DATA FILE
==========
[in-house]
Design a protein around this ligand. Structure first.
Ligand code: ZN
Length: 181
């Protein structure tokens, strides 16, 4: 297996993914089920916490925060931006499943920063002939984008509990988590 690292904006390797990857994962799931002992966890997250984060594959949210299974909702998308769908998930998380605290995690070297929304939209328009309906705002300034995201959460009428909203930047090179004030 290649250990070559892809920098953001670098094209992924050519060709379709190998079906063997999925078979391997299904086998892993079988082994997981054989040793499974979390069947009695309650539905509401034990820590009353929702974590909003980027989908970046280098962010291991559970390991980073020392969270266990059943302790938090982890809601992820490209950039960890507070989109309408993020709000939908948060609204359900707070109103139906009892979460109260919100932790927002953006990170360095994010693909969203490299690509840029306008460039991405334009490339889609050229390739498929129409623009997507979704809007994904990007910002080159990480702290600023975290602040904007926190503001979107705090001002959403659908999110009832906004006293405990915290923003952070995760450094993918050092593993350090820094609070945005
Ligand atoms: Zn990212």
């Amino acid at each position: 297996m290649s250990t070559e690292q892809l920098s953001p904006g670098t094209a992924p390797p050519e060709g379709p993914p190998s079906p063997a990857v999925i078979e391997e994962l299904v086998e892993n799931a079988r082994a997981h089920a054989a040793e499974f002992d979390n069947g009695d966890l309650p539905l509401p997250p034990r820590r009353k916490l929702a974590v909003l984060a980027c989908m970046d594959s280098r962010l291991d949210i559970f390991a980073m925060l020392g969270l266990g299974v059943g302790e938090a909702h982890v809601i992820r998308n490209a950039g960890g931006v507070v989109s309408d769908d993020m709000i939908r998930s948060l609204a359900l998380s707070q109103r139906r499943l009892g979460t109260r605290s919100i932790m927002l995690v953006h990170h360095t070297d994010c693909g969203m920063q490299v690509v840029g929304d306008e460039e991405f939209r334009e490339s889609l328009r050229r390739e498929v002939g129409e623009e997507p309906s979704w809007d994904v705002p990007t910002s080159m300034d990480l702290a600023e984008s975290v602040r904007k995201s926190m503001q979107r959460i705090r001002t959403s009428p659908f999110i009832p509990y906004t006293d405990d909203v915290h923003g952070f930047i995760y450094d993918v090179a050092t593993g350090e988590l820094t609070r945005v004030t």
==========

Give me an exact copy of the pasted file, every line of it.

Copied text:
[in-house]
Design a protein around this ligand. Structure first.
Ligand code: ZN
Length: 181
């Protein structure tokens, strides 16, 4: 297996993914089920916490925060931006499943920063002939984008509990988590 690292904006390797990857994962799931002992966890997250984060594959949210299974909702998308769908998930998380605290995690070297929304939209328009309906705002300034995201959460009428909203930047090179004030 290649250990070559892809920098953001670098094209992924050519060709379709190998079906063997999925078979391997299904086998892993079988082994997981054989040793499974979390069947009695309650539905509401034990820590009353929702974590909003980027989908970046280098962010291991559970390991980073020392969270266990059943302790938090982890809601992820490209950039960890507070989109309408993020709000939908948060609204359900707070109103139906009892979460109260919100932790927002953006990170360095994010693909969203490299690509840029306008460039991405334009490339889609050229390739498929129409623009997507979704809007994904990007910002080159990480702290600023975290602040904007926190503001979107705090001002959403659908999110009832906004006293405990915290923003952070995760450094993918050092593993350090820094609070945005
Ligand atoms: Zn990212």
């Amino acid at each position: 297996m290649s250990t070559e690292q892809l920098s953001p904006g670098t094209a992924p390797p050519e060709g379709p993914p190998s079906p063997a990857v999925i078979e391997e994962l299904v086998e892993n799931a079988r082994a997981h089920a054989a040793e499974f002992d979390n069947g009695d966890l309650p539905l509401p997250p034990r820590r009353k916490l929702a974590v909003l984060a980027c989908m970046d594959s280098r962010l291991d949210i559970f390991a980073m925060l020392g969270l266990g299974v059943g302790e938090a909702h982890v809601i992820r998308n490209a950039g960890g931006v507070v989109s309408d769908d993020m709000i939908r998930s948060l609204a359900l998380s707070q109103r139906r499943l009892g979460t109260r605290s919100i932790m927002l995690v953006h990170h360095t070297d994010c693909g969203m920063q490299v690509v840029g929304d306008e460039e991405f939209r334009e490339s889609l328009r050229r390739e498929v002939g129409e623009e997507p309906s979704w809007d994904v705002p990007t910002s080159m300034d990480l702290a600023e984008s975290v602040r904007k995201s926190m503001q979107r959460i705090r001002t959403s009428p659908f999110i009832p509990y906004t006293d405990d909203v915290h923003g952070f930047i995760y450094d993918v090179a050092t593993g350090e988590l820094t609070r945005v004030t």